La elección en segundo lugar nacional de Alemania unificada sugiere que el país east-west se divide no ha enangostado. La evidencia más fuerte es el éxito del PDS en ganar la representación parlamentaria. En Alemania del este, el PDS recibió 19.2 por ciento del voto, comparados con solamente 0.9 por ciento en el oeste. La cuenta nacional de 4.4 por ciento era escasa al claro el cañizo de 5 por ciento para la representación parlamentaria, pero al PDS beneficiado de una ley electoral oft-olvidada que califica automáticamente un partido para la representación según su parte total del voto nacional cuando el partido gana tres districtos electorales francamente (los primeros votos). The PDS surprised seemingly everyone in winning four districts outright (all in eastern Berlin), entitling it to thirty seats in the Bundestag.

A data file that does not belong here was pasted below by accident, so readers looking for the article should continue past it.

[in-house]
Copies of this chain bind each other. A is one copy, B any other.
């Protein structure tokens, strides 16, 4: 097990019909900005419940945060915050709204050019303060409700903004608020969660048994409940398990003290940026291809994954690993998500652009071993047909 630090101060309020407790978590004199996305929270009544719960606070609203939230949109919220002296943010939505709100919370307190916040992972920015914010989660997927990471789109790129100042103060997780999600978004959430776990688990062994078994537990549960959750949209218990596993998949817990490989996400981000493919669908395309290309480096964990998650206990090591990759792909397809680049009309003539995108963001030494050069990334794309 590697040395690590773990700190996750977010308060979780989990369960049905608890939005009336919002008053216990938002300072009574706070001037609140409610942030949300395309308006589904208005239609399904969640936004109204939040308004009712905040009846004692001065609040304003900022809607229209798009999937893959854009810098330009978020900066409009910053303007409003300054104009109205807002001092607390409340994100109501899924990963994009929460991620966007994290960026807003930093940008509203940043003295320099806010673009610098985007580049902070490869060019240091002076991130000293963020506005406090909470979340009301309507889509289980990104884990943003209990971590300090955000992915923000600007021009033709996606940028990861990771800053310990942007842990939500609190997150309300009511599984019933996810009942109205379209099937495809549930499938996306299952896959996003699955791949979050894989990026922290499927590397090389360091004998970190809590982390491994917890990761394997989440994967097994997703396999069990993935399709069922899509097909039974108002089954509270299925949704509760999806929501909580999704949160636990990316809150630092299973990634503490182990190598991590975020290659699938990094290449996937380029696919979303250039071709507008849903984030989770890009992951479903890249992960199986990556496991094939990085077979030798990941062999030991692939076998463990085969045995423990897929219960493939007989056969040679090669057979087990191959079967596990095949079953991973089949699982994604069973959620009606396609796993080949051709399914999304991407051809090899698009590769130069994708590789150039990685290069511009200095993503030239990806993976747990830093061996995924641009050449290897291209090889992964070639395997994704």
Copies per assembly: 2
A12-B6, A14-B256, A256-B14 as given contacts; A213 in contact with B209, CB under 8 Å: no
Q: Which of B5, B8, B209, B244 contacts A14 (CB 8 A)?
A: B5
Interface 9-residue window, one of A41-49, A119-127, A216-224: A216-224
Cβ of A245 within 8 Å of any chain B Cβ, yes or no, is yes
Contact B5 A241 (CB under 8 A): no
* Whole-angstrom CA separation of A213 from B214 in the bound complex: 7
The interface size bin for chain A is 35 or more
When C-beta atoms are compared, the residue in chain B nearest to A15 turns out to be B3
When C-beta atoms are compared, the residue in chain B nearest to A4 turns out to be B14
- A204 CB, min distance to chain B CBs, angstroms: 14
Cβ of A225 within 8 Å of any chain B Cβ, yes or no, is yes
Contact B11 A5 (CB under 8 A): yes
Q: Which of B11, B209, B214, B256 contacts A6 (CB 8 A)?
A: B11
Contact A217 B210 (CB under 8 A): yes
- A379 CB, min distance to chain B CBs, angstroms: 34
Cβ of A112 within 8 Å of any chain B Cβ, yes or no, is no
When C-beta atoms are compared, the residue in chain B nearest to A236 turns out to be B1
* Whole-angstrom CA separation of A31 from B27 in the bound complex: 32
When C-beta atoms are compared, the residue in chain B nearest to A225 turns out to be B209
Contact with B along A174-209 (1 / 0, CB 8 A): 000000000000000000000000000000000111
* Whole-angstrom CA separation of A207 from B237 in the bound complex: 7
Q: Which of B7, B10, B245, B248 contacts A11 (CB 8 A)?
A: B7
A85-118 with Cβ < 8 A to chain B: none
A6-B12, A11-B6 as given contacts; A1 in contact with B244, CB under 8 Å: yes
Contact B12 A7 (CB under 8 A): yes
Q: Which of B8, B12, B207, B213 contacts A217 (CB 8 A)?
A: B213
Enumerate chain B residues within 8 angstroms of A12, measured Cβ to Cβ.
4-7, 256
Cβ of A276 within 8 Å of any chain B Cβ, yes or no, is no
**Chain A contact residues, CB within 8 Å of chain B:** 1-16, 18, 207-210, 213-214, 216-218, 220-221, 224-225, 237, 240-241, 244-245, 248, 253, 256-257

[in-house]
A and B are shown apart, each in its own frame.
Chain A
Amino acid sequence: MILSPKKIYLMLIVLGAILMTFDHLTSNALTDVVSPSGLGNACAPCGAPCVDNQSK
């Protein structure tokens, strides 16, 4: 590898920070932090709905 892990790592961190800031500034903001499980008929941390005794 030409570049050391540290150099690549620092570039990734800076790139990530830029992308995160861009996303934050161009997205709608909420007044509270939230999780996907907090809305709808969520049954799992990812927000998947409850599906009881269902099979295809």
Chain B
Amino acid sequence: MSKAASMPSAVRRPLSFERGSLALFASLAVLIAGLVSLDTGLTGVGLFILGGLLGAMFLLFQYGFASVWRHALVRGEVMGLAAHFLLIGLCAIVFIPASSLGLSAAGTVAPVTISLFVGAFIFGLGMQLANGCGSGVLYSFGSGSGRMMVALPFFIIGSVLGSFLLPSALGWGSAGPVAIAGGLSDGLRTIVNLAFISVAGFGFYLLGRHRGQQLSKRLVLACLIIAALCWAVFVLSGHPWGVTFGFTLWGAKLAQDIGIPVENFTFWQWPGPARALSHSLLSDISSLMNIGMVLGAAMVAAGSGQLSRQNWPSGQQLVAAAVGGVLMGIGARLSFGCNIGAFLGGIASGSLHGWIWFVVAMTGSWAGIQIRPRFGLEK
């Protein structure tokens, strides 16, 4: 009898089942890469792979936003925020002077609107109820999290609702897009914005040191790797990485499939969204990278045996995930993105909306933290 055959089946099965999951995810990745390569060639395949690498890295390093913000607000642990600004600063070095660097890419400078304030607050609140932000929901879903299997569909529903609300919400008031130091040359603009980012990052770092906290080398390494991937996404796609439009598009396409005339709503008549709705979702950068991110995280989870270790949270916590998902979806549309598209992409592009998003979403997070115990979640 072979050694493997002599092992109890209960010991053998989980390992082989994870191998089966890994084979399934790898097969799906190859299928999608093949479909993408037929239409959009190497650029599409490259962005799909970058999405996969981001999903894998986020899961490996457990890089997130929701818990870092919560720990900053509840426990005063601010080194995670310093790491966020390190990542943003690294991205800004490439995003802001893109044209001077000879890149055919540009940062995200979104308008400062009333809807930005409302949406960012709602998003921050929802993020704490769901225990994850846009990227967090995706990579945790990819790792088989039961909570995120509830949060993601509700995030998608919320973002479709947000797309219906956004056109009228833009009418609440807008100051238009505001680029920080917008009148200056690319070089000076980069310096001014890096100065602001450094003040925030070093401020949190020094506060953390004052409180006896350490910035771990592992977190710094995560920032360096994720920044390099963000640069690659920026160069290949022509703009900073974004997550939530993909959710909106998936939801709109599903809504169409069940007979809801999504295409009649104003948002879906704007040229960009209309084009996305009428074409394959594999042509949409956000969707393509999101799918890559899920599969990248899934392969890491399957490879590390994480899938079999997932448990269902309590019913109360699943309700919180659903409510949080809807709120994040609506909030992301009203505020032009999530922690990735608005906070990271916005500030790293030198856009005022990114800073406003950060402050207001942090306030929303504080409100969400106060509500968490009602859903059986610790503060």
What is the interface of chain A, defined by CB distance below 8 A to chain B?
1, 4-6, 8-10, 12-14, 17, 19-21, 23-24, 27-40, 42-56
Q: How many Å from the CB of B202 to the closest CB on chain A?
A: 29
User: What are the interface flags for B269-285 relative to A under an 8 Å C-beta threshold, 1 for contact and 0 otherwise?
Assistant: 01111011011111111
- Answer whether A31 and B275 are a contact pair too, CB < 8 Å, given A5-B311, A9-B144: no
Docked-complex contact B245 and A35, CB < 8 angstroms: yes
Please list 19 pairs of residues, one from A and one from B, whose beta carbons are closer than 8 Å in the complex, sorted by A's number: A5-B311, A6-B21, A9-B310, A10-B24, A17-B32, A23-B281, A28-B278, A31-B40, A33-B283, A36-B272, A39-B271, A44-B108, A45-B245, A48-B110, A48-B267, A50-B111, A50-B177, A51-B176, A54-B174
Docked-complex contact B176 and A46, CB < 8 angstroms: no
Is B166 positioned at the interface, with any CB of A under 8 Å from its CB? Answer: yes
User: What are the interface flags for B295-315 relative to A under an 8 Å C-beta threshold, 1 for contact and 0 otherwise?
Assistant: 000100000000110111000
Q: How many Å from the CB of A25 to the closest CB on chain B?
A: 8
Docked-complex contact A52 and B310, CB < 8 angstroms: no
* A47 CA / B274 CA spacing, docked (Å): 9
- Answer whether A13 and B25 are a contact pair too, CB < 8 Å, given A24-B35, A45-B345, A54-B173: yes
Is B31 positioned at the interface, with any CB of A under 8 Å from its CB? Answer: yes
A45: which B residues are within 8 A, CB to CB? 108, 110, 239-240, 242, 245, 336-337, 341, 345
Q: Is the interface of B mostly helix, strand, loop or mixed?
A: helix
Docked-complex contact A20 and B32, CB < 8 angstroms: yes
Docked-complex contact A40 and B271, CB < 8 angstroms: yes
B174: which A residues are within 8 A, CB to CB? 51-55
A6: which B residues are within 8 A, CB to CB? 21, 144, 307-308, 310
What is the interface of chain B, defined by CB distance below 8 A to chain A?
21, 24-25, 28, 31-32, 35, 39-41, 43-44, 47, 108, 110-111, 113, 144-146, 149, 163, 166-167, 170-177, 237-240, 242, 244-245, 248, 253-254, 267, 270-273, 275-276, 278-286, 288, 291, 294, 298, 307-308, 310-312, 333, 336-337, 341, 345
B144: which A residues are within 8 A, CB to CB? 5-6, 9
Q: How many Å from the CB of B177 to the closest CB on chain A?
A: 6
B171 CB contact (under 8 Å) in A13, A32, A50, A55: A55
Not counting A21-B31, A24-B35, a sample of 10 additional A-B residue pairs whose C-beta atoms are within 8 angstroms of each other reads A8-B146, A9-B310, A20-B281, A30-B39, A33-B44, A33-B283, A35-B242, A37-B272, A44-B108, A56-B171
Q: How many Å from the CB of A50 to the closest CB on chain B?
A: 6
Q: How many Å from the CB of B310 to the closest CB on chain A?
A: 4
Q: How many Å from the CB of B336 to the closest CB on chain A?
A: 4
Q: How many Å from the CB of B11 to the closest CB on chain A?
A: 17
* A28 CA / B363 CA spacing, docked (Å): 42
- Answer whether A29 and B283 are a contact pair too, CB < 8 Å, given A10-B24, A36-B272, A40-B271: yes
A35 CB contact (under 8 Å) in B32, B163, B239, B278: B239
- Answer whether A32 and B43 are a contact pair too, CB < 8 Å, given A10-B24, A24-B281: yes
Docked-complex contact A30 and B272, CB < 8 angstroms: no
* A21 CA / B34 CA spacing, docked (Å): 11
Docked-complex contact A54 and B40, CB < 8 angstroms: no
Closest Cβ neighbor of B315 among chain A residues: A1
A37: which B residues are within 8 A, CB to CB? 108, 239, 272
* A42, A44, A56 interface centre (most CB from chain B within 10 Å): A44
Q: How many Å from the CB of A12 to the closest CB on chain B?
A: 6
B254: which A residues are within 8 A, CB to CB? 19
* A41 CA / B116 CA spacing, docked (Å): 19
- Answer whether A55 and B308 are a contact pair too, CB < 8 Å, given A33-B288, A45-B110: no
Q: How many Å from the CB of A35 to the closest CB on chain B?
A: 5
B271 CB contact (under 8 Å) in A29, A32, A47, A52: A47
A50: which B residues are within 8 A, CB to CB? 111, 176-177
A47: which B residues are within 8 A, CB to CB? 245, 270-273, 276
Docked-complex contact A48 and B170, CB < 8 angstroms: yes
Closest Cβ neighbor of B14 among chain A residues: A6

The future of the PDS is unclear and may well depend on whether the CDU and the SPD develop programs that attract current PDS constituents. Kohl's coalition lost twice as many votes in the east as in the west, winning 49.9 percent of the vote in the west and 42.5 percent in the east. The SPD faces the challenge in the east of competing against two other parties of the left, the PDS and the Greens. When considering the success of the PDS, however, one must recall that 80 percent of eastern Germans did not vote for the former Communists. At present, PDS leaders are working to rid the party of its Stalinist heritage; if successful, the PDS would certainly have a broader appeal.